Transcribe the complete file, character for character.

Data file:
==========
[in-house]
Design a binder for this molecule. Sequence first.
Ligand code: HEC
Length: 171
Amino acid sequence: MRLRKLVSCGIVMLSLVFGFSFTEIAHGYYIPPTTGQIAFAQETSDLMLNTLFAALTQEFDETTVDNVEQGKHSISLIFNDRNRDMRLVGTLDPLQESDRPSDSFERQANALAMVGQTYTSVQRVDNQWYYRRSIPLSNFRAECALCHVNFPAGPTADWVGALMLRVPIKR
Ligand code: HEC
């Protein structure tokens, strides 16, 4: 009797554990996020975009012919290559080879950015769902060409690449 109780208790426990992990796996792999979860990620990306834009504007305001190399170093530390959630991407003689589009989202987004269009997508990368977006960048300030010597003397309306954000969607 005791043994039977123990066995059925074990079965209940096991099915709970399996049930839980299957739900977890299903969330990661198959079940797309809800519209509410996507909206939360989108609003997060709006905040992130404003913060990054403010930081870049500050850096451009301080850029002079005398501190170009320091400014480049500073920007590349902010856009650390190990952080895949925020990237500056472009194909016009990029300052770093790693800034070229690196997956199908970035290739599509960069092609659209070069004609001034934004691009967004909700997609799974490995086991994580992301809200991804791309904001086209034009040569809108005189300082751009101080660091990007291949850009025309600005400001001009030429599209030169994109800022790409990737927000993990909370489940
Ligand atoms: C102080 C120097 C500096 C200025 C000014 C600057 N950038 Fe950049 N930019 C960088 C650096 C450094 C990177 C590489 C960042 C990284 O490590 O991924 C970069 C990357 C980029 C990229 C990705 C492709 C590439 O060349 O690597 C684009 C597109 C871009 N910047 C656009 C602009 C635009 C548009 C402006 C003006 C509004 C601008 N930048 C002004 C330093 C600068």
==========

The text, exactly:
[in-house]
Design a binder for this molecule. Sequence first.
Ligand code: HEC
Length: 171
Amino acid sequence: MRLRKLVSCGIVMLSLVFGFSFTEIAHGYYIPPTTGQIAFAQETSDLMLNTLFAALTQEFDETTVDNVEQGKHSISLIFNDRNRDMRLVGTLDPLQESDRPSDSFERQANALAMVGQTYTSVQRVDNQWYYRRSIPLSNFRAECALCHVNFPAGPTADWVGALMLRVPIKR
Ligand code: HEC
């Protein structure tokens, strides 16, 4: 009797554990996020975009012919290559080879950015769902060409690449 109780208790426990992990796996792999979860990620990306834009504007305001190399170093530390959630991407003689589009989202987004269009997508990368977006960048300030010597003397309306954000969607 005791043994039977123990066995059925074990079965209940096991099915709970399996049930839980299957739900977890299903969330990661198959079940797309809800519209509410996507909206939360989108609003997060709006905040992130404003913060990054403010930081870049500050850096451009301080850029002079005398501190170009320091400014480049500073920007590349902010856009650390190990952080895949925020990237500056472009194909016009990029300052770093790693800034070229690196997956199908970035290739599509960069092609659209070069004609001034934004691009967004909700997609799974490995086991994580992301809200991804791309904001086209034009040569809108005189300082751009101080660091990007291949850009025309600005400001001009030429599209030169994109800022790409990737927000993990909370489940
Ligand atoms: C102080 C120097 C500096 C200025 C000014 C600057 N950038 Fe950049 N930019 C960088 C650096 C450094 C990177 C590489 C960042 C990284 O490590 O991924 C970069 C990357 C980029 C990229 C990705 C492709 C590439 O060349 O690597 C684009 C597109 C871009 N910047 C656009 C602009 C635009 C548009 C402006 C003006 C509004 C601008 N930048 C002004 C330093 C600068």